Southdown Plantation House near New Orleans, LA
Southdown Plantation House is a tribute to the booming sugar economy that helped Terrebonne Parish and the city of Houma flourish for nearly a century and a half. The house itself is a magnificent display of what life in the south must have been like in the early 1900s. The exterior features a welcoming pink and green color scheme with deep-set porches that adorn each side of the house. Inside, locally harvested red cypress and pine make up the beautiful hardwood floors beneath massive 12 and 14-foot ceilings.
On top of being one of the most magnificent plantation houses in the area, Southdown also allows visitors to learn more about the history that surrounds the plantation; from its time in the sugar cane industry all the way through the Civil War. Not only can you see the original 19th-century furnishings owned by the Minor family when they inhabited the house, but you can also visit the Memories of Terrebonne exhibit which offers an oral history of the area as well as photographs and an impressive artifact collection, all from 1890-1945. Adjacent to the Southdown Plantation House is the Slave quarters which have been converted into a working office and gift shop for visitors. Check out other attractions in the area!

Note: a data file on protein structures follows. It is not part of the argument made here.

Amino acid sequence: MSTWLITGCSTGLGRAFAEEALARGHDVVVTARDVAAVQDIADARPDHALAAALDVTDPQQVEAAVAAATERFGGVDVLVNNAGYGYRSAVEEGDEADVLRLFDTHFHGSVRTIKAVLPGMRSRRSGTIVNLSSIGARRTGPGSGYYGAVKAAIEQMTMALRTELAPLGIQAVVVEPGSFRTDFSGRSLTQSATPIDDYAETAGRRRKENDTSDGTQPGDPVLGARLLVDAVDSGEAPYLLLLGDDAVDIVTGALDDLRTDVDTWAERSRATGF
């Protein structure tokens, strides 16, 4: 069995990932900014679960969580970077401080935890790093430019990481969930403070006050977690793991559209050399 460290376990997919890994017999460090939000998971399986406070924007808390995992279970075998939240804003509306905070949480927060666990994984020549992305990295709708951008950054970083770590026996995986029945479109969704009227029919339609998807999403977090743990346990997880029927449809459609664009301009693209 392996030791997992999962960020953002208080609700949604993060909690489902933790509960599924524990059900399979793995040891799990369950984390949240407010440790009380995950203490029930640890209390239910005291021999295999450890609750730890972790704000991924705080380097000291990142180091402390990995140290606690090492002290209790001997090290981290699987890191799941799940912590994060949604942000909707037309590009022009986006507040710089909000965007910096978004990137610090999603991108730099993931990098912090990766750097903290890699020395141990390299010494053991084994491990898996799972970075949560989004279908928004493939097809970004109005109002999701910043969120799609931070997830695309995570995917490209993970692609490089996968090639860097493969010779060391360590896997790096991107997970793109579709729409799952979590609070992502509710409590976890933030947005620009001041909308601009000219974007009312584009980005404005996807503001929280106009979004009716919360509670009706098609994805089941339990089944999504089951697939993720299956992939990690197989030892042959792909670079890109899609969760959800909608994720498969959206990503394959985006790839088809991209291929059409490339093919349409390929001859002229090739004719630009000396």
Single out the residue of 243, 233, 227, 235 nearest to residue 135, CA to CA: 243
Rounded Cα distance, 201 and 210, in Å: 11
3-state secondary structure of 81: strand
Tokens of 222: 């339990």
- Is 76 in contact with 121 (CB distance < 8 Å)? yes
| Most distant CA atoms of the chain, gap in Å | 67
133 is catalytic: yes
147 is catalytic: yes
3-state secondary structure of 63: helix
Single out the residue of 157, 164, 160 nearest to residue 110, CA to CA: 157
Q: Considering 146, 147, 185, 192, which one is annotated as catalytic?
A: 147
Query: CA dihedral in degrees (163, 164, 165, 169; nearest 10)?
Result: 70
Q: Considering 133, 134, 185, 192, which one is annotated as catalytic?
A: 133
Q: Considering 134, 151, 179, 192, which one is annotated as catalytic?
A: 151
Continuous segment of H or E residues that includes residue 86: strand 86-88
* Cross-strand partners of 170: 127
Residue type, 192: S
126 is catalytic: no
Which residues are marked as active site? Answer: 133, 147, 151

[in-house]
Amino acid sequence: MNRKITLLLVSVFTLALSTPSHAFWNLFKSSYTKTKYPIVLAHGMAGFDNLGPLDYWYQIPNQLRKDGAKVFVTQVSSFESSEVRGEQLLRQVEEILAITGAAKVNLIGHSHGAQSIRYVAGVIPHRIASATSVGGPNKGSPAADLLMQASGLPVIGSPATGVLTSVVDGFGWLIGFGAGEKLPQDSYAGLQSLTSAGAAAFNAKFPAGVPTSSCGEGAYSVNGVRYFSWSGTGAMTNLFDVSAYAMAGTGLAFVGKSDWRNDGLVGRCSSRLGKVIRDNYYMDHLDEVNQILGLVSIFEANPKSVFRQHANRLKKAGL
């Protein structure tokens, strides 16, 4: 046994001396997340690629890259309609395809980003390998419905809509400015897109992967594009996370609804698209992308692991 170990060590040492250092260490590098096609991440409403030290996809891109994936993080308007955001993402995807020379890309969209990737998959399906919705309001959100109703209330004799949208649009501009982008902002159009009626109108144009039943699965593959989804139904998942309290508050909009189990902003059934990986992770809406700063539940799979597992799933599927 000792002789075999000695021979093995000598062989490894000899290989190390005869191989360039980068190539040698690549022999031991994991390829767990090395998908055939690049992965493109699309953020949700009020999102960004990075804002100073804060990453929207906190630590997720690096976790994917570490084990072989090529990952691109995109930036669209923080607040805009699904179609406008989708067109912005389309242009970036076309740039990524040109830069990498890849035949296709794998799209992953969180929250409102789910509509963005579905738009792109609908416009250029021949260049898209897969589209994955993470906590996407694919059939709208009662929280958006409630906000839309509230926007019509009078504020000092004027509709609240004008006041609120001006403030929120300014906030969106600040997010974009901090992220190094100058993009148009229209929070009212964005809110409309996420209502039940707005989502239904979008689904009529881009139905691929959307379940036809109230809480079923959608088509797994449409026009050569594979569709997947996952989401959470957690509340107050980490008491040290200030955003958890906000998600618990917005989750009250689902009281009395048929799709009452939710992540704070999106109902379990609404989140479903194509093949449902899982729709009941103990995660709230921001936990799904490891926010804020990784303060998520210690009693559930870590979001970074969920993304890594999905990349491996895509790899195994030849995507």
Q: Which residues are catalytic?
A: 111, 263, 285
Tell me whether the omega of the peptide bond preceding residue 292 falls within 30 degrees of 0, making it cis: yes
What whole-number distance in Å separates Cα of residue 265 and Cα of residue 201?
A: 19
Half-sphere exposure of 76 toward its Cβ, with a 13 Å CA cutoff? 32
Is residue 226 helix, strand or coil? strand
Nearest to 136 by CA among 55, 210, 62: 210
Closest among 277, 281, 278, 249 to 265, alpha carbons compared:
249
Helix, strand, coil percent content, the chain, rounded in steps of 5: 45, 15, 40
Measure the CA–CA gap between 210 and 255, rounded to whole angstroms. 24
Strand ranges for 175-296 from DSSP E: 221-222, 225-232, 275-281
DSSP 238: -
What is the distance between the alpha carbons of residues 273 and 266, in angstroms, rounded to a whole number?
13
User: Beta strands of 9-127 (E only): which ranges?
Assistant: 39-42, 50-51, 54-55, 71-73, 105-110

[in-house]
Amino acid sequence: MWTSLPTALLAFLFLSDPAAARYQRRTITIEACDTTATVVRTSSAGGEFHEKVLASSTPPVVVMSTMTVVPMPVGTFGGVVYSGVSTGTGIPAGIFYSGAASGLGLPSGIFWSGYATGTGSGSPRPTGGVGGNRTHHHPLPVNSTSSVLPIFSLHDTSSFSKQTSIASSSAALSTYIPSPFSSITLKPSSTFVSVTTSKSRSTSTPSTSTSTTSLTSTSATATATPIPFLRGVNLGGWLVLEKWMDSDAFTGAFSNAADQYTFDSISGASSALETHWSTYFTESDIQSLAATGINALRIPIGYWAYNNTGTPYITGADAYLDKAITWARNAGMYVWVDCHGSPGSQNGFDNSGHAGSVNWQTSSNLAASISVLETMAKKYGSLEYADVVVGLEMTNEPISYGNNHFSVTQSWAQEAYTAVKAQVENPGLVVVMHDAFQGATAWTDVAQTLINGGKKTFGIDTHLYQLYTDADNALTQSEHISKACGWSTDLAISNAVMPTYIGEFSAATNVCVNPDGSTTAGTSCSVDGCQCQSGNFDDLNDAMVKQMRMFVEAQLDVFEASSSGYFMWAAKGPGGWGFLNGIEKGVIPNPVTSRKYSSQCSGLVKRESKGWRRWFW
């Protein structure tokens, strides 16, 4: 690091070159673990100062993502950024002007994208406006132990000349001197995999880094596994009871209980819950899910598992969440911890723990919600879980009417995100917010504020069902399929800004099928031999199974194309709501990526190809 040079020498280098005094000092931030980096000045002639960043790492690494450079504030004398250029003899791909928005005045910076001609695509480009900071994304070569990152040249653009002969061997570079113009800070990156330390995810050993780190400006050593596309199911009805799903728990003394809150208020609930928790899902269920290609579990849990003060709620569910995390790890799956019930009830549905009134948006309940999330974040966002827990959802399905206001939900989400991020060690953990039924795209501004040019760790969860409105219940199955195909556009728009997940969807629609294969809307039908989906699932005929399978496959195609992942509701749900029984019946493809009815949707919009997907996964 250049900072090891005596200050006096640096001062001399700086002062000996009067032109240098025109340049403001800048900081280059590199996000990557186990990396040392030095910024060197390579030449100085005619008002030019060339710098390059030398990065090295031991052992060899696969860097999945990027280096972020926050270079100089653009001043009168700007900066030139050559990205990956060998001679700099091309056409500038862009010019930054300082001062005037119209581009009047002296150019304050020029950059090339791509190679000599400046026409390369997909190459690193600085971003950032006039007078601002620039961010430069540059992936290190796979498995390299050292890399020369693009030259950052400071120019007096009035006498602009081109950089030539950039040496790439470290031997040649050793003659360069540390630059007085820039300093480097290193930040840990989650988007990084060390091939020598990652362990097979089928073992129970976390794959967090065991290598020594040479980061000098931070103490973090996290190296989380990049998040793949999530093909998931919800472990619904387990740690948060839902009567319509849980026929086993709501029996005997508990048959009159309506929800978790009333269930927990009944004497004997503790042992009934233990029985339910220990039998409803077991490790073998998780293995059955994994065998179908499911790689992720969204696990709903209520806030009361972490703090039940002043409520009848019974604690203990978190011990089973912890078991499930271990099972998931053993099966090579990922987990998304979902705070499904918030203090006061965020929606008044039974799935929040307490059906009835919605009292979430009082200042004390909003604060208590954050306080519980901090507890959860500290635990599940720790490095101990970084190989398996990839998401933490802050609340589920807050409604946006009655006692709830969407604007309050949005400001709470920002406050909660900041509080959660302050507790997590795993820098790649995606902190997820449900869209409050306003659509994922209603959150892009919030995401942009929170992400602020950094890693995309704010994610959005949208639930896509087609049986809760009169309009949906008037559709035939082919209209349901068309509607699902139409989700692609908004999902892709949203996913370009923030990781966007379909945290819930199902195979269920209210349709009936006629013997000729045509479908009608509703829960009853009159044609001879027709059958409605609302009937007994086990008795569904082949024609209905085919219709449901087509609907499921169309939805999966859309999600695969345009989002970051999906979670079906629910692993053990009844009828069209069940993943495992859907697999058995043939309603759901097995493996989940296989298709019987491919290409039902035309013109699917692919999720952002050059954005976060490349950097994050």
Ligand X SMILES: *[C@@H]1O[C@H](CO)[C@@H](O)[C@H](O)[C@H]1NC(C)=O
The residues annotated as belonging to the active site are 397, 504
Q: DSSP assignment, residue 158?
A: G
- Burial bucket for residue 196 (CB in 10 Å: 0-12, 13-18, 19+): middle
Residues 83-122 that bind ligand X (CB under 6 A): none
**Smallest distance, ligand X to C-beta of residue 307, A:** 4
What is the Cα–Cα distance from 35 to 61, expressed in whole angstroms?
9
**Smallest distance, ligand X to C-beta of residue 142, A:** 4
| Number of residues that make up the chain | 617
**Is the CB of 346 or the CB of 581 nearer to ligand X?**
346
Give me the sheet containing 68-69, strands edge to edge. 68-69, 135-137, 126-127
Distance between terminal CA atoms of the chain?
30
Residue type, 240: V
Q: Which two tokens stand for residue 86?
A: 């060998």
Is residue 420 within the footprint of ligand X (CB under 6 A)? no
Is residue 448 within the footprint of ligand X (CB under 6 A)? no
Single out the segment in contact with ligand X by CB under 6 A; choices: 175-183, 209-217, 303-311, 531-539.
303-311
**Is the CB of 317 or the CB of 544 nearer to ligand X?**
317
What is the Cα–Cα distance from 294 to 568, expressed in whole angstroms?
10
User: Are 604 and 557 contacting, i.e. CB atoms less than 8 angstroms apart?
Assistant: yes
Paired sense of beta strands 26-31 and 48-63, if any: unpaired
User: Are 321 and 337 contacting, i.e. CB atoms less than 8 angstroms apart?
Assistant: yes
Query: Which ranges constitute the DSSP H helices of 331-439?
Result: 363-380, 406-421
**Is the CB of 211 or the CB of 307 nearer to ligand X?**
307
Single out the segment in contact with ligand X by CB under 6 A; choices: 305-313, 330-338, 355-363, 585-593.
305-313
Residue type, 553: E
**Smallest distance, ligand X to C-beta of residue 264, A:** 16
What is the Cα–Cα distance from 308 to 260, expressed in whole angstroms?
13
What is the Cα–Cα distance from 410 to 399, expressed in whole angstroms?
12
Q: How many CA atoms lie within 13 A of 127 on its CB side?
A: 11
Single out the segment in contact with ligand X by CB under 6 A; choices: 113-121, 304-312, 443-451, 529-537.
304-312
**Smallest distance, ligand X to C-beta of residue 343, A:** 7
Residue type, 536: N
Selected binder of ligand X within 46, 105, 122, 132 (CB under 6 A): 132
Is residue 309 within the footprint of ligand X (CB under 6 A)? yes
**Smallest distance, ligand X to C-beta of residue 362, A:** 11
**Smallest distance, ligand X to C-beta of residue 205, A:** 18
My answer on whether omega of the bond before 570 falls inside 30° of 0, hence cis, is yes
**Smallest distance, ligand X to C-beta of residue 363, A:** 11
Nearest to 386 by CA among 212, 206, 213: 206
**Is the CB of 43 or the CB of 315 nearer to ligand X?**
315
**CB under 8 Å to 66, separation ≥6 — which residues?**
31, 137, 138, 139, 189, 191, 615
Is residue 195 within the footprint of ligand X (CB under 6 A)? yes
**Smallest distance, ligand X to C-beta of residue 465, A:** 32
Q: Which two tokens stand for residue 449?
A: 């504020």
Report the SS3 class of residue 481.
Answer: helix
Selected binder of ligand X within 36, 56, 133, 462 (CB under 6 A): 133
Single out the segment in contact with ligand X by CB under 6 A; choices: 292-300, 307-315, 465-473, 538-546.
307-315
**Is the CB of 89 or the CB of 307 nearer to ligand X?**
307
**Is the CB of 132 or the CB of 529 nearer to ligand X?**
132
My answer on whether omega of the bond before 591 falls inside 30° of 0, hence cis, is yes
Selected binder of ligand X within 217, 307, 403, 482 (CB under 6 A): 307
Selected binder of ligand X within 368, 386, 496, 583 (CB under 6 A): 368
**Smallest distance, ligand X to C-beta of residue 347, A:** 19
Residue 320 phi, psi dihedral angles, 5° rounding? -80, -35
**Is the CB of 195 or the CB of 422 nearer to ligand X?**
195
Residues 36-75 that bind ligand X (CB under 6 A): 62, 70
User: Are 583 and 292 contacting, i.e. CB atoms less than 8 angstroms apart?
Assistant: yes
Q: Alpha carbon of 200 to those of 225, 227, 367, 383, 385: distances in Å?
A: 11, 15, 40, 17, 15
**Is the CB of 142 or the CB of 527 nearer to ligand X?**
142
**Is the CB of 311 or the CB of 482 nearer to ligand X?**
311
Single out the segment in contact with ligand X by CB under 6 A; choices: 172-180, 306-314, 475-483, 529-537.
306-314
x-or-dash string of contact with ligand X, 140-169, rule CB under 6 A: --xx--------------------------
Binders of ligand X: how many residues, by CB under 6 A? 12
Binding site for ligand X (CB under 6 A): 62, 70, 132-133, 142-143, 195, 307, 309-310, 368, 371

Southdown Plantation was added to the National Register of Historic Places in 1974; one year later Valhi, Inc. would donate 4.46 acres of the 1020 acre plantation as well as the Southdown Plantation House and servants quarters to the Terrebonne Historical and Cultural Society.
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